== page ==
so this week i found out on twitter that our south african olympic swimming gold medalist, cameron van der bergh, had admitted to cheating to get his gold medal by doing a succession of dolphin kicks underwater in the pool [apparently only one is allowed] and it bummed me out.

so, as one does, i made a facebook status about it… and was doubly surprised and bummed at how many [mostly christians] wrote comments on my status defending his actions and largely from the perspective that “everyone else does it” which was cameron’s defense as well.

waitasecond, so cheating is okay if everyone is doing it? of course cos how else could he win and because the rule is silly anyways and they policed it at this other competition and so he didn’t have to cheat but this one they didn’t so he really had to and WHAT??!?!?!?

flashbacks to a baptist summer camp where i think i was camp pastor – at the time i was involved in a 6 month course on youth ministry at the baptist seminary [the only seminary coursework i have done thus far] and a bunch of the students who were training to be pastors were at this camp for youth aged 13 to 18 and the guy leading the course on youth work was heading up sports.

somehow i managed to be standing near him when a dispute was brought to him about one of the camp soccer/football games that had just been played where the rule for the game was no players over 18 [or maybe 21?] were allowed to play. one of the students [from my class at seminary, training to be a pastor] was being accused of playing in the one game despite being a few years over the allowed age.SHOCK ONE – his defense: the other team was doing it. so i am standing there not believing my ears and waiting for the lecturer to open a can of something on some part of his anatomy when SHOCK TWO – the lecturer at this christian college completely backs his student and rules in favour of him.

so clearly, cheating is condoned as long as everyone else is doing it. but that doesn’t make it right.

and reading the arguments on the ‘book they all sound pretty convincing [well not all, some of them are downright ridiculous, let’s be honest] but no-one is arguing how okay Jesus is with it. because you can’t. because He is not. i mean, i can certainly not see Jesus standing in condemnation over cameron as if he has done the worst thing ever in life and demanding that he be kicked out of the games [Go, and swim no more!] but at the same time, i imagine there might be a secret sigh, like He probly did ever so often when His disciples just completely missed the plot again, and maybe a fireside chat about how the medals that we chase in life in terms of character and integrity being so much more profoundly important than any the world might hang around our neck.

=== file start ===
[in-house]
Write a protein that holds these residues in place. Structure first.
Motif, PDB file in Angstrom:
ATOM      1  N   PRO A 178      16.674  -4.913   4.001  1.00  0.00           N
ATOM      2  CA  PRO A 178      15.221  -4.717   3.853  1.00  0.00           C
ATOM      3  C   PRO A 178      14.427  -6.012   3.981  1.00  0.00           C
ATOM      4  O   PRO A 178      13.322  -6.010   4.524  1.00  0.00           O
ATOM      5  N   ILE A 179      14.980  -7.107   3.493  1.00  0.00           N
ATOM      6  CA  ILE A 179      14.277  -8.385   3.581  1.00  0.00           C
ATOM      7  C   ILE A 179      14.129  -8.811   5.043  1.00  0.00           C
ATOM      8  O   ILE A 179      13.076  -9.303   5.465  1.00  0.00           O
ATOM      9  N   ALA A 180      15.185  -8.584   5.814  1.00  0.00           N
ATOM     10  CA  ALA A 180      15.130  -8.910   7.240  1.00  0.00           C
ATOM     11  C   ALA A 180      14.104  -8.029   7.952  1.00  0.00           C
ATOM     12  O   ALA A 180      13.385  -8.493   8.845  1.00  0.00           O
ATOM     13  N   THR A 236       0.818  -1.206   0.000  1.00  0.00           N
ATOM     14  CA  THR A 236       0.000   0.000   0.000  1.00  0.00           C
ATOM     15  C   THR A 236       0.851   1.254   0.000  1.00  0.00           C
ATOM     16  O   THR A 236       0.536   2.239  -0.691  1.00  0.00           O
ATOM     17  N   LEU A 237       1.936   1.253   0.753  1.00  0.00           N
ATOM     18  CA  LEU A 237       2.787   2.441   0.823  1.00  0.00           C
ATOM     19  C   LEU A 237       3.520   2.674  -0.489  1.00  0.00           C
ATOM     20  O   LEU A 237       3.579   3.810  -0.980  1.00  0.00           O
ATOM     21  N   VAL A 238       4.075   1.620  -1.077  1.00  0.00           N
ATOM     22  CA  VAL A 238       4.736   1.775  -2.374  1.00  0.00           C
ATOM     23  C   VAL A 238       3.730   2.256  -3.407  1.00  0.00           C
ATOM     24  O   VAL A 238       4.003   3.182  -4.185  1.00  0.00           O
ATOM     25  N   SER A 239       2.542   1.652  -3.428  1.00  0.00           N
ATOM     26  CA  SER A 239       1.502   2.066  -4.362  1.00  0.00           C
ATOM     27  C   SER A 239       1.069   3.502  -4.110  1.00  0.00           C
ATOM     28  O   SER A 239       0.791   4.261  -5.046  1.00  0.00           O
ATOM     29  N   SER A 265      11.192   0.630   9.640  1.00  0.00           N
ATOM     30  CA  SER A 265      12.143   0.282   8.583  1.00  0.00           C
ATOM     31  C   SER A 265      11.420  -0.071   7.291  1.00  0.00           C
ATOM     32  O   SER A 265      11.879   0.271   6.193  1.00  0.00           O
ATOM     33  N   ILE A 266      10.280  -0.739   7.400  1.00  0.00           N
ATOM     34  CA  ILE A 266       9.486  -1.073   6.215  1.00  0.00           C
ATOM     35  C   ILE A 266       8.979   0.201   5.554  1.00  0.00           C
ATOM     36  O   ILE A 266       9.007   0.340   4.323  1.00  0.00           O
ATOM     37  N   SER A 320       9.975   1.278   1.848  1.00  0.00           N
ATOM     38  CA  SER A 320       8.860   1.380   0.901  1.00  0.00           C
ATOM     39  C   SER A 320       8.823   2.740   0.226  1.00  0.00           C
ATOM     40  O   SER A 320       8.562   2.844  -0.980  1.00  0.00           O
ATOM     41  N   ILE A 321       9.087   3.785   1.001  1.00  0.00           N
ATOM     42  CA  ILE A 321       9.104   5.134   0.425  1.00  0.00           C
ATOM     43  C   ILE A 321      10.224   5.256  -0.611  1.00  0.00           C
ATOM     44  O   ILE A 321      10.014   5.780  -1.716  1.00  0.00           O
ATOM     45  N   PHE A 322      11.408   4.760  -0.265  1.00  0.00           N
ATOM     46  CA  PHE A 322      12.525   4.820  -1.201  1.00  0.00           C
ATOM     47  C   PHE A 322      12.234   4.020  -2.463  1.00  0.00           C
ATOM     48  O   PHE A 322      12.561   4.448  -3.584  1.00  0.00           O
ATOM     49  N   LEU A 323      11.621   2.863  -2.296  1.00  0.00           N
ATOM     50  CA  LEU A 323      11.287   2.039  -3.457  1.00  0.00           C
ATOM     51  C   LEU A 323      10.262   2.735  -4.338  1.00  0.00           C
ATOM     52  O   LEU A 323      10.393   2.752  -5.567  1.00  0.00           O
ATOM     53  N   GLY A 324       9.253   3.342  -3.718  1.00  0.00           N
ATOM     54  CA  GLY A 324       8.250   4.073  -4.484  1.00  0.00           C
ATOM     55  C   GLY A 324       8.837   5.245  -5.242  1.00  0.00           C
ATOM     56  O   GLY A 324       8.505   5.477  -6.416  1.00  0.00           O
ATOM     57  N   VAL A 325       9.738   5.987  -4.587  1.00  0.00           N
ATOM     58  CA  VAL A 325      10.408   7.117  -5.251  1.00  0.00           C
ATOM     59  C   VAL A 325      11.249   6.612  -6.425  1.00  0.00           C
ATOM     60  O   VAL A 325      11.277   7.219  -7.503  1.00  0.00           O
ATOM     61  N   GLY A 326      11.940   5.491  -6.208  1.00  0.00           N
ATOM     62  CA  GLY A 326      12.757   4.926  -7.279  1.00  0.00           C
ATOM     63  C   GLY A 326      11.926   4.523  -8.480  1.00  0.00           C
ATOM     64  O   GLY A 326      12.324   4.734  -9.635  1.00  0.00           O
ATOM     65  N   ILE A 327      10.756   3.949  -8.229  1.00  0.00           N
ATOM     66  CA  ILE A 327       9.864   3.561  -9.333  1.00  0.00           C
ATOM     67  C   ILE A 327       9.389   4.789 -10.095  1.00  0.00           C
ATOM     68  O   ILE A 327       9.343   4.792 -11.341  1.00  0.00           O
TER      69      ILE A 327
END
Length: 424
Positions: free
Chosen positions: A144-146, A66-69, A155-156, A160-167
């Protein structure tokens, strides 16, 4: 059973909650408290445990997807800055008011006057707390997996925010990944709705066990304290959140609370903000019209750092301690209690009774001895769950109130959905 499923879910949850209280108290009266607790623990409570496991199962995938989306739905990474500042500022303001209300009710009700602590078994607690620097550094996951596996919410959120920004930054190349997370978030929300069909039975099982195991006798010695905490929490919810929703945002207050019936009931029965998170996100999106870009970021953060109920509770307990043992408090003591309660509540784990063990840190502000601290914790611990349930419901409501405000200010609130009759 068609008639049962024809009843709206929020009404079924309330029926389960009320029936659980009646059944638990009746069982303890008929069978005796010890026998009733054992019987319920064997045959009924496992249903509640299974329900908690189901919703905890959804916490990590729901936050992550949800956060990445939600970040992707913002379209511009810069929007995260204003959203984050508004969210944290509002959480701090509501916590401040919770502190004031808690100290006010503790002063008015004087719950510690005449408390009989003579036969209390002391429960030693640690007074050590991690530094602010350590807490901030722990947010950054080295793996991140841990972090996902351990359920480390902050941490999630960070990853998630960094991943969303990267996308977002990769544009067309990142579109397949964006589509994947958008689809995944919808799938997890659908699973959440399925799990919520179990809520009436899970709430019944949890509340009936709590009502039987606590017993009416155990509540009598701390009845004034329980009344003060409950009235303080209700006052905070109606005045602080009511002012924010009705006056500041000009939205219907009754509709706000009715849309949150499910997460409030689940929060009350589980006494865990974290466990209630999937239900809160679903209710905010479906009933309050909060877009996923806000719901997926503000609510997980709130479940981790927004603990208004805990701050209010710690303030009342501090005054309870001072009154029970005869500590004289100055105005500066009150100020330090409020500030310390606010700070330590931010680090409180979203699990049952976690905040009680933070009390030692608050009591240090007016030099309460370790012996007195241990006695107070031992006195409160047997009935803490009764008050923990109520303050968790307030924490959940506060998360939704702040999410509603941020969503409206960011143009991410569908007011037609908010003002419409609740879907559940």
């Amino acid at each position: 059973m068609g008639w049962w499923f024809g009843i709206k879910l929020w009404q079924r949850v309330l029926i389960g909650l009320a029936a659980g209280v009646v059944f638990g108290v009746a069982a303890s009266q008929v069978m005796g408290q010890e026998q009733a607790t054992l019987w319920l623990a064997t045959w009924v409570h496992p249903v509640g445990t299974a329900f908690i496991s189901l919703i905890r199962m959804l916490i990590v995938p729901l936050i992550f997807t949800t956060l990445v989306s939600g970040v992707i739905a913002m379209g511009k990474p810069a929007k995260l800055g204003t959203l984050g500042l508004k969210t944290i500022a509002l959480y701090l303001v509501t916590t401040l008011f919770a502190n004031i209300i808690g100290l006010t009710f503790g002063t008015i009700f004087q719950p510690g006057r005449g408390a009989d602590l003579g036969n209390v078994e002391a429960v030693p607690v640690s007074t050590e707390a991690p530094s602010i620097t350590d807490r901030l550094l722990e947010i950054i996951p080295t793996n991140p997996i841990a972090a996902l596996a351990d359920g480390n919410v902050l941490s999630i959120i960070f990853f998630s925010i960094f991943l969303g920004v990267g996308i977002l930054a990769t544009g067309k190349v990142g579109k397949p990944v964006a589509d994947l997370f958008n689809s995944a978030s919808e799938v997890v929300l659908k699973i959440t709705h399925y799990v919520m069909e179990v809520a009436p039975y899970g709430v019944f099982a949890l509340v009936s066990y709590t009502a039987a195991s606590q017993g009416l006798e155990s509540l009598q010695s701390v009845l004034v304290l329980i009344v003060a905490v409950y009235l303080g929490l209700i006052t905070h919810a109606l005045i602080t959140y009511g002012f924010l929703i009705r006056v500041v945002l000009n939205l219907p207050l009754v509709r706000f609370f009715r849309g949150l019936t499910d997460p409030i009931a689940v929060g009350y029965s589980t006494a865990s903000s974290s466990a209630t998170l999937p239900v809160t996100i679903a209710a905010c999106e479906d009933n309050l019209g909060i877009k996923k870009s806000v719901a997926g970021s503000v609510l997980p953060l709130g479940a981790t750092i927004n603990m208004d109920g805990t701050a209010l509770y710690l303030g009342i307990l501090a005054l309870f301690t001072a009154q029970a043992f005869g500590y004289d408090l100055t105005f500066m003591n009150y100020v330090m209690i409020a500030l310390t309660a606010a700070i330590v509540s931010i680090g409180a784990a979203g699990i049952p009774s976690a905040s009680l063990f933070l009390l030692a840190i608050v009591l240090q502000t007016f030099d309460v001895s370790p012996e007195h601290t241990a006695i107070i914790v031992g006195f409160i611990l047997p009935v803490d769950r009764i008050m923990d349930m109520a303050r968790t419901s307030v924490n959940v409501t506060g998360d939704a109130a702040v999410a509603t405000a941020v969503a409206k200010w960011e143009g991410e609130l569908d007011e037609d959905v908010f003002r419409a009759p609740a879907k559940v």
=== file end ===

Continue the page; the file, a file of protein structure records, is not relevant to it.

in fact Jesus had quite a lot to say about how the ‘everybody is doing it’ argument is a more likely sign that you are on the wrong path [see the whole of Matthew 7] – He said things like “the love of most will grow cold, but he who stands firm to the end will be saved”[matthew 24.12-13] and we also read, ‘For the time will come when people will not put up with sound doctrine. Instead, to suit their own desires, they will gather around them a great number of teachers to say what their itching ears want to hear. They will turn their ears away from the truth and turn aside to myths.’ [2 Timothy 4.3-4]

so i don’t believe with any part of me that Jesus would have been okay with what either cameron or the training-to-be-pastor youth leader did and although the event/incident itself may seem more or less trivial to you depending on who you are, there is a greater principle at work, because if i can watch my pastor being okay with cheating in a meaningless football/soccer game then maybe it sends me the message that it is okay to cheat in a business deal, and if i as a young south african being inspired by one of my countrymen can hear that he cheated to get there then maybe that tells me it is okay to cheat in an exam or even on my girlfriend [as long as i can cite examples of other people doing it]

it is a slippery road. to be christian and defend or even applaud unChristlike behaviour.

and a lot of people might be wondering why i am making such a big deal of such a ‘small thing’ and it is because the small things become the big things – the enemy is looking to destroy us and any area where we allow him a foot in the door he will take full advantage of it until he gets such a gap that he can force himself well and truly into our lives…

the bottom line for me, i think, is that you can’t be a Christ follower and then live by the wisdom or ideals or compromise of the world. The term ‘Christ follower’ suggests the following of Christ.

this started out as a hashtag on Twitter i believe, but why should everyone else miss out on the fun…

so far we have such winners as:

Anne Hirsch for North Pole Volting, Synchronised Swinging and Underwater singing

Bruce Collins for Field Hickey and Archrivalry

and of course i have been going crazy but amongst my suggestions are such diverse elements as:

Cross Country Music, Intimate Frisbee, Underwater Signing, Corgi Putt, Table Tenants, Stolen Television Fencing, The Hundred mm Print, dress-[your]-age, the M.C. Hammer, individual discuss, the lesser known Venezuelan Wave

all of these are Rejected Olympic Events… remembering that this is by and large a family show, what other events can you think of to add to the list? let’s have one event per comment… [or high five one someone else mentioned that you thought was particularly clever or witty]

%d bloggers like this: